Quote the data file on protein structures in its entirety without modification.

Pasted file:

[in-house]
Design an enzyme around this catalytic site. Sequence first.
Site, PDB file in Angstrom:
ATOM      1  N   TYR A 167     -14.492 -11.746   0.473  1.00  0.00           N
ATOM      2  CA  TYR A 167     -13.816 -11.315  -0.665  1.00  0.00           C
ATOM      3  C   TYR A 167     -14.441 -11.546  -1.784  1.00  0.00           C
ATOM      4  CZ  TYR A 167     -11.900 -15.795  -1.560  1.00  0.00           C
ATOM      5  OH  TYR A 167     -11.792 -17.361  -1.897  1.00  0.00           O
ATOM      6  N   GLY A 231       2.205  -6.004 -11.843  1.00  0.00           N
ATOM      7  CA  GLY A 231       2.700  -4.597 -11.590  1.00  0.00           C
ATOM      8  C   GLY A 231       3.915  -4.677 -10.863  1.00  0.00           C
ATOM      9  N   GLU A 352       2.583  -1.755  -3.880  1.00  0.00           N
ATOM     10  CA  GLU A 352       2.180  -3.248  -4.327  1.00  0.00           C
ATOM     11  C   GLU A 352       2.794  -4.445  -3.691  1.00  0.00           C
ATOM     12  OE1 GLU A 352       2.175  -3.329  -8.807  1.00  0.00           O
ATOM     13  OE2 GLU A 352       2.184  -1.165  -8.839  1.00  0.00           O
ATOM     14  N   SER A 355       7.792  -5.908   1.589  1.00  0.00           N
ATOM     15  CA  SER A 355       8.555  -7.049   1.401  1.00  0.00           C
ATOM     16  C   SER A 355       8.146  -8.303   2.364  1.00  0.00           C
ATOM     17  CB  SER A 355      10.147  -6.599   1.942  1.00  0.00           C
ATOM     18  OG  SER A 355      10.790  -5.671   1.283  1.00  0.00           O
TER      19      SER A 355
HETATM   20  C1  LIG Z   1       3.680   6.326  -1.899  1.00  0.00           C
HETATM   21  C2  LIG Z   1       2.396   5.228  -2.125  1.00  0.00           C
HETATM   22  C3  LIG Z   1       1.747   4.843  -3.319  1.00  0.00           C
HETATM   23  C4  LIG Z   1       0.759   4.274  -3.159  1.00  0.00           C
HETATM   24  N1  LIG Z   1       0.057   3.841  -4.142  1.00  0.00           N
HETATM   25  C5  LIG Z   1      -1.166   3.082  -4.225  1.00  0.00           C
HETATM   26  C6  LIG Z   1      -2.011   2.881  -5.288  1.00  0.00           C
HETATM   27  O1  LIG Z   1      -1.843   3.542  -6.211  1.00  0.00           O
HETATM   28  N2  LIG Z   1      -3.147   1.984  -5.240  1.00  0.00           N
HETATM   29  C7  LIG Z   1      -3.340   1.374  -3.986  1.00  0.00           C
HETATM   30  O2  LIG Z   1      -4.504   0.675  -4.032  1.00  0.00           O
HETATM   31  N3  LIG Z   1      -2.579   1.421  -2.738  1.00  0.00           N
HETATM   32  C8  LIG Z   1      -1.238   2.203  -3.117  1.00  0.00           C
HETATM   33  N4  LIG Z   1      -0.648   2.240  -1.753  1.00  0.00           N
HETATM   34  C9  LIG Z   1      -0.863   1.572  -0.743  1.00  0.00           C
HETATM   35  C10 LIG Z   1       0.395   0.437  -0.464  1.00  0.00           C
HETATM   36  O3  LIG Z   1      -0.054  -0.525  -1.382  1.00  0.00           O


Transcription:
[in-house]
Design an enzyme around this catalytic site. Sequence first.
Site, PDB file in Angstrom:
ATOM      1  N   TYR A 167     -14.492 -11.746   0.473  1.00  0.00           N
ATOM      2  CA  TYR A 167     -13.816 -11.315  -0.665  1.00  0.00           C
ATOM      3  C   TYR A 167     -14.441 -11.546  -1.784  1.00  0.00           C
ATOM      4  CZ  TYR A 167     -11.900 -15.795  -1.560  1.00  0.00           C
ATOM      5  OH  TYR A 167     -11.792 -17.361  -1.897  1.00  0.00           O
ATOM      6  N   GLY A 231       2.205  -6.004 -11.843  1.00  0.00           N
ATOM      7  CA  GLY A 231       2.700  -4.597 -11.590  1.00  0.00           C
ATOM      8  C   GLY A 231       3.915  -4.677 -10.863  1.00  0.00           C
ATOM      9  N   GLU A 352       2.583  -1.755  -3.880  1.00  0.00           N
ATOM     10  CA  GLU A 352       2.180  -3.248  -4.327  1.00  0.00           C
ATOM     11  C   GLU A 352       2.794  -4.445  -3.691  1.00  0.00           C
ATOM     12  OE1 GLU A 352       2.175  -3.329  -8.807  1.00  0.00           O
ATOM     13  OE2 GLU A 352       2.184  -1.165  -8.839  1.00  0.00           O
ATOM     14  N   SER A 355       7.792  -5.908   1.589  1.00  0.00           N
ATOM     15  CA  SER A 355       8.555  -7.049   1.401  1.00  0.00           C
ATOM     16  C   SER A 355       8.146  -8.303   2.364  1.00  0.00           C
ATOM     17  CB  SER A 355      10.147  -6.599   1.942  1.00  0.00           C
ATOM     18  OG  SER A 355      10.790  -5.671   1.283  1.00  0.00           O
TER      19      SER A 355
HETATM   20  C1  LIG Z   1       3.680   6.326  -1.899  1.00  0.00           C
HETATM   21  C2  LIG Z   1       2.396   5.228  -2.125  1.00  0.00           C
HETATM   22  C3  LIG Z   1       1.747   4.843  -3.319  1.00  0.00           C
HETATM   23  C4  LIG Z   1       0.759   4.274  -3.159  1.00  0.00           C
HETATM   24  N1  LIG Z   1       0.057   3.841  -4.142  1.00  0.00           N
HETATM   25  C5  LIG Z   1      -1.166   3.082  -4.225  1.00  0.00           C
HETATM   26  C6  LIG Z   1      -2.011   2.881  -5.288  1.00  0.00           C
HETATM   27  O1  LIG Z   1      -1.843   3.542  -6.211  1.00  0.00           O
HETATM   28  N2  LIG Z   1      -3.147   1.984  -5.240  1.00  0.00           N
HETATM   29  C7  LIG Z   1      -3.340   1.374  -3.986  1.00  0.00           C
HETATM   30  O2  LIG Z   1      -4.504   0.675  -4.032  1.00  0.00           O
HETATM   31  N3  LIG Z   1      -2.579   1.421  -2.738  1.00  0.00           N
HETATM   32  C8  LIG Z   1      -1.238   2.203  -3.117  1.00  0.00           C
HETATM   33  N4  LIG Z   1      -0.648   2.240  -1.753  1.00  0.00           N
HETATM   34  C9  LIG Z   1      -0.863   1.572  -0.743  1.00  0.00           C
HETATM   35  C10 LIG Z   1       0.395   0.437  -0.464  1.00  0.00           C
HETATM   36  O3  LIG Z   1      -0.054  -0.525  -1.382  1.00  0.00           O